“Indigenous Education is a kind of education that is rooted in indigenous peoples lives and cultures. […] indigenous education is the kind of education that puts indigenous culture as the foundation of learning and growing as a person.”
Kring Sumalinab, Graduate from Pamulaan Centre for Indigenous Peoples’ Education
New forms of indigenous education are also emerging that also help indigenous peoples meet the challenges they face today. Such indigenous education initiatives are now established in over 20 Latin American countries, in Canada and the US, Australia and New Zealand, in Norway, and in the Philippines, to name but a few. Most recently, Indonesia is seeing rapid growth and development in indigenous education.
These new forms of culturally rooted indigenous education help indigenous children and youth to explore ways to remain connected to their territory, and create opportunities for them to think critically about the new challenges and threats faced by their people. This helps to prepare a new generation of indigenous leaders, deeply connected, ready to support their elders in protecting indigenous rights, cultures, and territories, and willing to explore and propose exciting new ways to take forward indigenous knowledge and practices while still following in the footsteps of the ancestors.
Indigenous peoples around the world face multiple threats to their ancestral territories, their cultures, beliefs and languages. These threats include agro-industrial developments, extractive industries and rapid infrastructure development. Indigenous peoples are discriminated against, intimidated, criminalized, imprisoned and even killed when they assert their rights in the face of these developments. Many indigenous peoples are displaced from or lose access to their territories. Indigenous peoples face “great waves of change that systematically extinguish their history, and destroy their relationship with their ancestors,” says Abdon Nababan, Executive Director of YPMAN.
Current political structures, corporate power, and many national education systems act together to force the assimilation of indigenous peoples through cultural homogenization. European systems for governing and learning were imposed on indigenous peoples during European colonialism, and later in many independent post-colonial countries.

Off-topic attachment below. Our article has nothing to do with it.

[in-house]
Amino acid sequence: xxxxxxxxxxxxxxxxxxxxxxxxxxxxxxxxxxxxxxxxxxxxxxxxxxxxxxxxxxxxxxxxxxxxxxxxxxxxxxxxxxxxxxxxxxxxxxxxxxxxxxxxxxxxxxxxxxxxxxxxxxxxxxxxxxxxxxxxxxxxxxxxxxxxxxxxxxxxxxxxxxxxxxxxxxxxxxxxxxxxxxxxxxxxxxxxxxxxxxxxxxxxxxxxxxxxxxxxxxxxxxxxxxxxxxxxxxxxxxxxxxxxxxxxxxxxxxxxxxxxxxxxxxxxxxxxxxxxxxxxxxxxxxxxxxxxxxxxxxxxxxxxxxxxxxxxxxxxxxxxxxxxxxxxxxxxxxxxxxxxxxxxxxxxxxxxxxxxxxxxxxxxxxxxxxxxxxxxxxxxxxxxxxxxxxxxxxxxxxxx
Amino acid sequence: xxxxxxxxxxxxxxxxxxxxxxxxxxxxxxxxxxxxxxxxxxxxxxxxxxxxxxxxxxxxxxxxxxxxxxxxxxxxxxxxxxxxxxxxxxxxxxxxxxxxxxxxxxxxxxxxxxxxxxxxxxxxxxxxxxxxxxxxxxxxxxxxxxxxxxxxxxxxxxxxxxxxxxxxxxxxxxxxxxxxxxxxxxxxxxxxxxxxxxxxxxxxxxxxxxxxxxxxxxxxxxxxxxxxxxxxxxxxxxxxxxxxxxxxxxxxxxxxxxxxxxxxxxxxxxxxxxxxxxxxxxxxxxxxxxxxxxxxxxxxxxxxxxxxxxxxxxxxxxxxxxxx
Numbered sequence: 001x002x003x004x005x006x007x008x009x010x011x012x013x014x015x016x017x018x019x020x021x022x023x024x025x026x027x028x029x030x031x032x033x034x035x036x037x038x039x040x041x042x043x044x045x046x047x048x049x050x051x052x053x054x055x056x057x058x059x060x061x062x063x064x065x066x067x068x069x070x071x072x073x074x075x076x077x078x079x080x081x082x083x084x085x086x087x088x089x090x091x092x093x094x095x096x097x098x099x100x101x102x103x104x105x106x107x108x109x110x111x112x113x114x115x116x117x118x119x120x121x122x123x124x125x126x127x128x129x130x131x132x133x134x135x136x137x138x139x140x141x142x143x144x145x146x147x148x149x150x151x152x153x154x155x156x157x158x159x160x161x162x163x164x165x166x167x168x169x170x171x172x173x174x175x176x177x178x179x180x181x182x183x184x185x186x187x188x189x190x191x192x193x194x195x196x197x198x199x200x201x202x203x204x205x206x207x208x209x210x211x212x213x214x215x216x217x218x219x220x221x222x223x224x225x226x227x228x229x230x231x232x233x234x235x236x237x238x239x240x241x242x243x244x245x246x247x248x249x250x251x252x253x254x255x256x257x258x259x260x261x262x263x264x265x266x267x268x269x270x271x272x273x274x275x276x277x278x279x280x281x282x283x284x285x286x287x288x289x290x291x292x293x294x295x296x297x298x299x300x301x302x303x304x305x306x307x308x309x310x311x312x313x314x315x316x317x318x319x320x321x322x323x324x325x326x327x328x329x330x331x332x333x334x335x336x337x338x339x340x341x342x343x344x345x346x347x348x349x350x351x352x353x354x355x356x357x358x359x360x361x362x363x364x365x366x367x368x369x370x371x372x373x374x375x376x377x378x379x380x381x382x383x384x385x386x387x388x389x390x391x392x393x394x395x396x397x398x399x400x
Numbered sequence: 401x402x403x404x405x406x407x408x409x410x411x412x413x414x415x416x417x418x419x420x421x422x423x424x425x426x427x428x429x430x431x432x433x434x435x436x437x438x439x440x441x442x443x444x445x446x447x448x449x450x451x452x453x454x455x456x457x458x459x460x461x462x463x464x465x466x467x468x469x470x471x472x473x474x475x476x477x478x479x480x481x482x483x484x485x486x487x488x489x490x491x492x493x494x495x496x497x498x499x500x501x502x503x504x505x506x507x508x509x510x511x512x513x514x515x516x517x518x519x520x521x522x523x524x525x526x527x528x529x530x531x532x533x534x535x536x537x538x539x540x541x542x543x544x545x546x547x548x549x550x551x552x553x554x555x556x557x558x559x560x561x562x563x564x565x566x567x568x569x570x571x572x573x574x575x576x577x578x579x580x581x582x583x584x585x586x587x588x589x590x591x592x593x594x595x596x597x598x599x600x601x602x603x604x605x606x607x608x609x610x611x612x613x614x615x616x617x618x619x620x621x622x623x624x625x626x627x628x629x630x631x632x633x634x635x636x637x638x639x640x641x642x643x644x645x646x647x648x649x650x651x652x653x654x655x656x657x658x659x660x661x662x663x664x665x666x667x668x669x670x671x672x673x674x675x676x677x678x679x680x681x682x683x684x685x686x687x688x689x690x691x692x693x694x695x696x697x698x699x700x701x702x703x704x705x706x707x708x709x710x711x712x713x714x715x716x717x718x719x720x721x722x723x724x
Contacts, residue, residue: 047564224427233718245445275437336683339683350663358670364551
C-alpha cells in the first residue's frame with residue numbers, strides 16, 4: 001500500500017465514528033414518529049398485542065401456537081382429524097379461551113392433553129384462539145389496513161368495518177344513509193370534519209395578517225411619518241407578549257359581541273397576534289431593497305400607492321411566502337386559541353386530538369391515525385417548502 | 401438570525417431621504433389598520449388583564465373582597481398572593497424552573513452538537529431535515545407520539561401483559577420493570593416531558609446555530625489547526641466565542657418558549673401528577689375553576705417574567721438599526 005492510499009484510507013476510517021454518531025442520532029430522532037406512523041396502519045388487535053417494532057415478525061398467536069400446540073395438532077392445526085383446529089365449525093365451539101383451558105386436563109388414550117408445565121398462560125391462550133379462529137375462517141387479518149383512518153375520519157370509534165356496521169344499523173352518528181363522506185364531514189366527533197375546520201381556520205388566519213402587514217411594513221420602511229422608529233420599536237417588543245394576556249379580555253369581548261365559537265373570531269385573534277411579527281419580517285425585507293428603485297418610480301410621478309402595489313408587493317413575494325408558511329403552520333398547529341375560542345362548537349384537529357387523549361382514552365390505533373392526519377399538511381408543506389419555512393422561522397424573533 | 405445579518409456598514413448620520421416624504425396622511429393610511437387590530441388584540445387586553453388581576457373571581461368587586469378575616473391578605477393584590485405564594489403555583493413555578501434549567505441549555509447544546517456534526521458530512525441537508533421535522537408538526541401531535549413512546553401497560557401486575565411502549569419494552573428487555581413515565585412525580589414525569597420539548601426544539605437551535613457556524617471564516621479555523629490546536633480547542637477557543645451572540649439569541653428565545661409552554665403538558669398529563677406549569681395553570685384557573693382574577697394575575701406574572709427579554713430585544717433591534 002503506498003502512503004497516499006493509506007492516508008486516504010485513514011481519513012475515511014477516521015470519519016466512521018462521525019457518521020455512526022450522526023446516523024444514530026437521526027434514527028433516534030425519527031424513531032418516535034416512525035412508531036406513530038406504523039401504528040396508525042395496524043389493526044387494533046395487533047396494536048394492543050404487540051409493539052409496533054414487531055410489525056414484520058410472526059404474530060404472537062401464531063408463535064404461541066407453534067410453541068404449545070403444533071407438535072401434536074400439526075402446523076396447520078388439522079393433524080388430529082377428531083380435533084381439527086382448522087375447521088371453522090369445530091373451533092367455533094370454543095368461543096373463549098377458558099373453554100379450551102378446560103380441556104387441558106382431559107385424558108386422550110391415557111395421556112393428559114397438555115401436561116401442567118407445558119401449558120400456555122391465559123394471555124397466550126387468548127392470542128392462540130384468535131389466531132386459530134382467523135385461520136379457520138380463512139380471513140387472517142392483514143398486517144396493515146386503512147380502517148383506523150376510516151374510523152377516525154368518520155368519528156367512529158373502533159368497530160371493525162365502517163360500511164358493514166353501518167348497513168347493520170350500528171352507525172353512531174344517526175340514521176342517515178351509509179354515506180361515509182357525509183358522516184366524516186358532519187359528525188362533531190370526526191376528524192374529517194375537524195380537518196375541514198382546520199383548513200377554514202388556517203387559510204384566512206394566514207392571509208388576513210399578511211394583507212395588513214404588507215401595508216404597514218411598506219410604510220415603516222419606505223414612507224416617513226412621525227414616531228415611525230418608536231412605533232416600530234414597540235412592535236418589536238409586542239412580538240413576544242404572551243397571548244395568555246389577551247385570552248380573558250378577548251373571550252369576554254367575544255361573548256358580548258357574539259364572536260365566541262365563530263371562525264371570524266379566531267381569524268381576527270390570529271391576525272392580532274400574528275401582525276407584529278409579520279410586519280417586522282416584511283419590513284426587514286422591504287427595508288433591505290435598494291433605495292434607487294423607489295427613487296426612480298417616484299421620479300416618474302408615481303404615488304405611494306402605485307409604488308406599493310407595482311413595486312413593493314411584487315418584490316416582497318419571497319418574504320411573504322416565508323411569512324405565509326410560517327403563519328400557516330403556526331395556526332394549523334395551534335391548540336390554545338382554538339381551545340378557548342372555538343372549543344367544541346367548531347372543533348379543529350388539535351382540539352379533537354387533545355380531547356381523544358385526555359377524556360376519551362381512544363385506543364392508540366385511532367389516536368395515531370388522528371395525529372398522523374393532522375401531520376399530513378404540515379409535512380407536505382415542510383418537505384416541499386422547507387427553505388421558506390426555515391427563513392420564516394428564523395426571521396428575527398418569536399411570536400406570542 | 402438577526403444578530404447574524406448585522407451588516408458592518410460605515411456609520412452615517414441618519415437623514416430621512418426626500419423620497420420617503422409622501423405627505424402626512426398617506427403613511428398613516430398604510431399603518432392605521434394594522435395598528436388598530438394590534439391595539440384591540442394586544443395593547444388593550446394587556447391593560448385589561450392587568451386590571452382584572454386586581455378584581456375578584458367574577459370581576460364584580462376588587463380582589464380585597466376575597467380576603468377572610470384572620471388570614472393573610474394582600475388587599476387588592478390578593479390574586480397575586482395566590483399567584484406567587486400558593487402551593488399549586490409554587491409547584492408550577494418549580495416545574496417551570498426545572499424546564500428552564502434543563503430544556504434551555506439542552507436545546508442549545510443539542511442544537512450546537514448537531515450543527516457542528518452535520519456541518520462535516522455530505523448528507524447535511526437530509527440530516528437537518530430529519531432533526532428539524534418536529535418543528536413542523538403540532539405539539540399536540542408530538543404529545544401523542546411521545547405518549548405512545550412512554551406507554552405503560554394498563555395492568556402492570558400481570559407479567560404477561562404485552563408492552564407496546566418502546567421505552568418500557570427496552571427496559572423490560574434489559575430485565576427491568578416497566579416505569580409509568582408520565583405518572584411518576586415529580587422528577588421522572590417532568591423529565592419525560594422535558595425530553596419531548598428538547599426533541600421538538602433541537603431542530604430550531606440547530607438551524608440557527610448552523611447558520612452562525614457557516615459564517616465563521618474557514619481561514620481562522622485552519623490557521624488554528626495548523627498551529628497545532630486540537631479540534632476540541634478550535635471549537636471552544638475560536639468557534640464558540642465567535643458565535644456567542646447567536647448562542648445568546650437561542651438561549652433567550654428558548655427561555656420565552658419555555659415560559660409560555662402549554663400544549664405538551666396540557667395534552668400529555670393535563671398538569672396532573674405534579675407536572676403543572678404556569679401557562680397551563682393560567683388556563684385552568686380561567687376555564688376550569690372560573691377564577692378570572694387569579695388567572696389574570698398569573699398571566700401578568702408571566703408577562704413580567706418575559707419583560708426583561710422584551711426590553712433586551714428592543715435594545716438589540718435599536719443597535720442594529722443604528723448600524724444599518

Today, national educational systems impose dominant languages and philosophies, and tend to teach homogeneous national or global knowledge. In this process, thousands of knowledges and cultures are made invisible, or described as ignorant, obsolete, or backward.
Given these circumstances, indigenous education is urgently needed to ensure the continued existence of indigenous peoples, their knowledge systems and practices, and their territories.
Indigenous education helps to protect the territory by helping to maintain worldviews and institutions. It restores a key responsibility for elders in the transmission of knowledge and wisdom. Indigenous education can help keep indigenous children and youth grounded in their cultures, results in better educational outcomes, and prepares the next generation of leaders in the territory.
The rise in indigenous education is helping to guarantee the transmission and continuity of rich, diverse, and locally-specific knowledges and practices that are primarily essential to the survival of indigenous peoples themselves. These diverse ways of being, learning, and knowing also contain many of the solutions for humanity to find ways out of the crisis in these times of rapid ecological and social change.
These resources are aimed at all those wanting to understand better the importance of culturally rooted education systems for indigenous populations including both indigenous and non-indigenous educators, academics, activists and policy makers. The toolkit is being launched on March 2, 2019 and can be downloaded from LifeMosaic’s website.
Taken together this work contributes to our vision of an abundant future, where empowered communities maintain the mosaic of biocultural diversity.